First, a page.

Few things better: Road Trip Pt.1

- Sep 07, 2014

I don’t think that any summer is complete without a road trip and this is especially true of riding. Any time spent riding is definitely time well spent; but if you can take advantage of an opportunity to spend two or three consecutive days riding…well, you’d be a fool not to.

Sometimes actually getting out of town is the hardest part. I had some boots ordered (the last bit of gear I needed) and they were scheduled to come in on Friday-the day of the trip-and I didn’t even know if they would fit properly. Of course, Murphy’s Law being what it is, I ended up having to stay late at the university, then there was an accident that turned my commute into a parking lot and so I was almost ninety minutes behind and I hadn’t even sat on my bike. I did manage to pick up my riding boots before the shop closed…they were a little snug, but that wouldn’t be a problem, would it? And when I got to our rendezvous I saw seven guys on their bikes waiting for me. Of course, I hated feeling like I was the guy holding everyone up; but, at last, we were all present and long since ready to ride.

For me, this trip was quintessentially MotoVida: eight guys on different kinds of bikes with the widest possible gaps in riding experience and perhaps even wider gaps in life experience between them. But, once we were riding those differences didn’t seem to matter very much. Although on second thought, maybe it’s those differences that really make the road worth riding. Nevertheless, being the late newbie, I was given a particular honor: The Vest.

Some groups have flags or mascots or iconic artifacts. We had a vest. I don’t know where Brent found this thing. Perhaps its mythical origins have been lost in the mists of time and are remembered only in dreams or by ghosts of riders past. Perhaps he just found it on the ground in the middle of a storage lot. At any rate, this genuine leather (or pleather?) vest is emblazoned with an eagle (of course) surrounded by yellow (not gold) lightning bolts and bordered by the immortal words: “FREEDOM RIDERS-HURRICANE, UTAH.“ Yes, this unique piece of attire adorns the back of any rider who does something…stupid. And I had the very great honor of christening it on our trip and was undoubtedly the envy of every other rider we saw that night.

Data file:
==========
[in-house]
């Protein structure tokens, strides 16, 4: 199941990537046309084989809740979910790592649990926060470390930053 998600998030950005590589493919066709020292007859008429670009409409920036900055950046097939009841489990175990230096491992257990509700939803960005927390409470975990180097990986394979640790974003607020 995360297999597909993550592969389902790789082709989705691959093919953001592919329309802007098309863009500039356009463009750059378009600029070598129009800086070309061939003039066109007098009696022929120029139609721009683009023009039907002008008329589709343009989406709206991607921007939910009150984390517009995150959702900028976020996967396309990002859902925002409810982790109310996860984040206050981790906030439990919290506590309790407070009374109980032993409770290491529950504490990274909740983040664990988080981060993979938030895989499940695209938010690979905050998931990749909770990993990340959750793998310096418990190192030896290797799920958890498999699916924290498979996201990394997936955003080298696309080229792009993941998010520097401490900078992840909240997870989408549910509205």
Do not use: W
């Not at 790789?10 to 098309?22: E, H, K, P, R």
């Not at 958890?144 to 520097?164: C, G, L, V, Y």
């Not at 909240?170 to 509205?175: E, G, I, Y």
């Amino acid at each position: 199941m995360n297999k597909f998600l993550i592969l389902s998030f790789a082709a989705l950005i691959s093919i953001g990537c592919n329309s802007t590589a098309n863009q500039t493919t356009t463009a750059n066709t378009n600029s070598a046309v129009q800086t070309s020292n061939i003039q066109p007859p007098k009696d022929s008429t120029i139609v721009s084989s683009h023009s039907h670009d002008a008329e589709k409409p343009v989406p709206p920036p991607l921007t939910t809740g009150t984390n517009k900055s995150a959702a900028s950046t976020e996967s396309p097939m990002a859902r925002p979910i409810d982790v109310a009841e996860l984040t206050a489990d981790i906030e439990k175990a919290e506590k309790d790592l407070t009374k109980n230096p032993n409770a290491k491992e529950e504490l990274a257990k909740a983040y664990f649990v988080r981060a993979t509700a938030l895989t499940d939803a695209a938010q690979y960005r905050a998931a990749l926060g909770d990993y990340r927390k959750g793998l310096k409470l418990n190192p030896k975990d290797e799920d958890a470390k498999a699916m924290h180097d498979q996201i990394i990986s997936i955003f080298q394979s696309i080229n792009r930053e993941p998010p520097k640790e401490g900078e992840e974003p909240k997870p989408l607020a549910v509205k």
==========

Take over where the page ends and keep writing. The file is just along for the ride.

Still, getting out of town remained the hardest part. Friday night Okanagan highway traffic in August is a bit tedious, and I must admit my heart sank a little when I imagined two more days of crawling through this kind of traffic like so much molasses in January; however, once we got off the highway things got better. A lot better. Brent took us on an enticing back road to Ososyoos where there were hardly any cars. Being a cautious sort of rider I found myself behind everyone else, which actually didn’t matter. No one was interested in racing, we were all too busy riding and in those moments all that really matters is the asphalt. The August evening had cooled off, all of my responsibilities were behind and the open road was in front. We all met up at crossroads and so we leapfrogged our way to Ososyoos. Not a bad way to start a weekend.

Every time I go riding I seem to come back full of magical moments, and this evening was no exception. I think some of Okanagan’s best-kept secrets are on that route. I lost count of the picture perfect houses, well-tended farms and orchards, and manicured lawns that were so far off the beaten path that most of the time only their owners, or wayward motorcyclists, could see them. The pride and care that went into their livelihood and, by extension, their lives, was obvious and inspiring.

I think my favorite bit was riding into Osoyoos. The sun was setting and the stars were just starting to bloom in the violet sky while in the west over the low hills, full and bright and warm, the moon rose. I didn’t know they made full moons that big. What else could we do but follow the silver trail into Osoyoos where the moon’s magical light led us to the pub and cold beer.

We were a strange group on the road as well as in the pub I think. As mismatched as our bikes and the uneven chairs we were sitting on; but that is one of things that makes life on two wheels beautiful. After all, the pub food was…food (probably), the entertainment was…entertaining (I think he deserved the vest by the end of the night), the floor may have been sticky and the men’s room was assuredly not flip-flop friendly, but there is nowhere else I would have rather been.

Few things are better than finding yourself full of laughter while in the company of good people with the sole responsibility of riding ahead of you. Not a bad way to start a weekend.

David Balfour was born in Regina, Saskatchewan and has since lived in Edmonton, Alberta, as well as British Columbia’s Cariboo and Kootenay regions before settling in the Okanagan. David has had a variety of career tangents through the years: he was a roadie for a rock band in the 1990s, he worked on a mushroom farm, completed a Bachelor of Arts degree, owned a small business and is currently completing his Education degree at the University of British Columbia.
David is new to the world of motorcycles in general and MotoVida in particular. However, a love found later in life is better than a love never found at all. He lives in Kelowna, BC with his wife, Lindsay and their four children, Emma, Annie, Aidan and Cordelia, and the Radian, his motorcycle.

 

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